Build a Secure GraphQL API with MicroProfile

MicroProfile is an open-source community project with the goal to encourage the development of Java microservice solutions. It was created in 2016 in response to the changing needs of modern web development. In particular, it seeks to foster the development of smaller, less monolithic services (microservices) that can run on faster release cycles than the typical, old-school Enterprise Java application. Shortly after its creation, it joined the Eclipse foundation.

MicroProfile, in essence, is a set of specifications and standards agreed upon by a community of developers that allows for “write once, run anywhere” in the Java microservice ecosystem. There are currently around nine compliant runtimes for MicroProfile, including Apache TomEE, Quarkus, and Open Liberty. A program written for one can be seamlessly run on another. The community also serves as an incubator for new ideas within Enterprise Java and microservice architectures.

In this tutorial, the runtime you are going to use is Open Liberty. Open Liberty is an implementation of the MicroProfile specification. Open Liberty bills itself as “a lightweight open framework for building fast and efficient cloud-native Java microservices.” It’s easily customizable, fast to start, and has a low footprint.

Table of Contents

Why Use GraphQL Instead of REST?

The application you’re going to write is a surf report generator. Why? Because people seem to like weather apps for their example apps, and I thought a surf report generator was more fun. The surf reports, unfortunately, will just be randomly generated. However, you’ll use GraphQL to query and return data instead of a traditional REST API.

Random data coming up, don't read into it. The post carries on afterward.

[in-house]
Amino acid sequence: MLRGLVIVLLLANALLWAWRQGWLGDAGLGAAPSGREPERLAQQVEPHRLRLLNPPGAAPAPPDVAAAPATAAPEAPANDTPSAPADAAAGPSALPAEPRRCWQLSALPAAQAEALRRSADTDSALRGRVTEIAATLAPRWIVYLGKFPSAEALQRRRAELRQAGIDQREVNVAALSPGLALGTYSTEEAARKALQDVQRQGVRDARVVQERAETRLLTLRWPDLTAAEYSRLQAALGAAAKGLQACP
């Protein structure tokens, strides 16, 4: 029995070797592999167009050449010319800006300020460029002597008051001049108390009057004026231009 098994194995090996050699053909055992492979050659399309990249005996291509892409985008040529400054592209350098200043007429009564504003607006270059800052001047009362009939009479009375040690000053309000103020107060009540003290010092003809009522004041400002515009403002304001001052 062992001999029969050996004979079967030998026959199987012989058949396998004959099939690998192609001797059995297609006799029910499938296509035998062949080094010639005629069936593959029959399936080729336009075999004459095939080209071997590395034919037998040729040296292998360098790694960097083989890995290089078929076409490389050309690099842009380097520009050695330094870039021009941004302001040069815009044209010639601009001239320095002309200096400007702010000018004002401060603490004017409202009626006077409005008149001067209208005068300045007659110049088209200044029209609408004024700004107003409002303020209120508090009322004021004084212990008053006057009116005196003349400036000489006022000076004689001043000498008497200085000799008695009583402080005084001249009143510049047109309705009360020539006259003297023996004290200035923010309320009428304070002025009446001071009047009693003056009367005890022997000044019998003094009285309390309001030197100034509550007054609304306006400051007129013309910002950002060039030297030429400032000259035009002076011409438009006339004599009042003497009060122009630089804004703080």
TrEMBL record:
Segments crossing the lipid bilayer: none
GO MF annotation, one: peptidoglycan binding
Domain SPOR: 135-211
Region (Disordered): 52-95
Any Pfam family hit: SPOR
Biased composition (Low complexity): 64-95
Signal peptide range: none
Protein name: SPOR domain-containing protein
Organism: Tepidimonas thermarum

With a REST API, a typical transaction cycle might include numerous API requests. The client app may have to, at a minimum, make a different call for each type of resource required, and often, lots of data is returned that is not used by the client. This results in a lot of inefficient communication. Facebook created GraphQL to address this.

GraphQL allows a client to ask the server for exactly the data it needs in a single request. The client can group multiple request types in a single request and specify exactly which properties on the requested data structures it wants to be included in the response. This results in much more efficient communications between client and server, allowing, for example, mobile apps to work well even on slow connections.

The app will be secured using OAuth 2.0 and OpenID Connect using Okta as the provider. MicroProfile provides a JSON Web Token (JWT) authentication and authorization specification that Open Liberty implements. You’ll use this to add role-based authorization to your surf report.

Prerequisites:

Before you get started, you’ll need to have a few things installed.

  • Java 11: This tutorial uses Java 11. SDKMAN is an excellent option for installing and managing Java versions.
  • Maven: The MicroProfile starter uses Maven, a dependency management utility. It can be installed according to the instructions on their website. You could also use SDKMAN or Homebrew.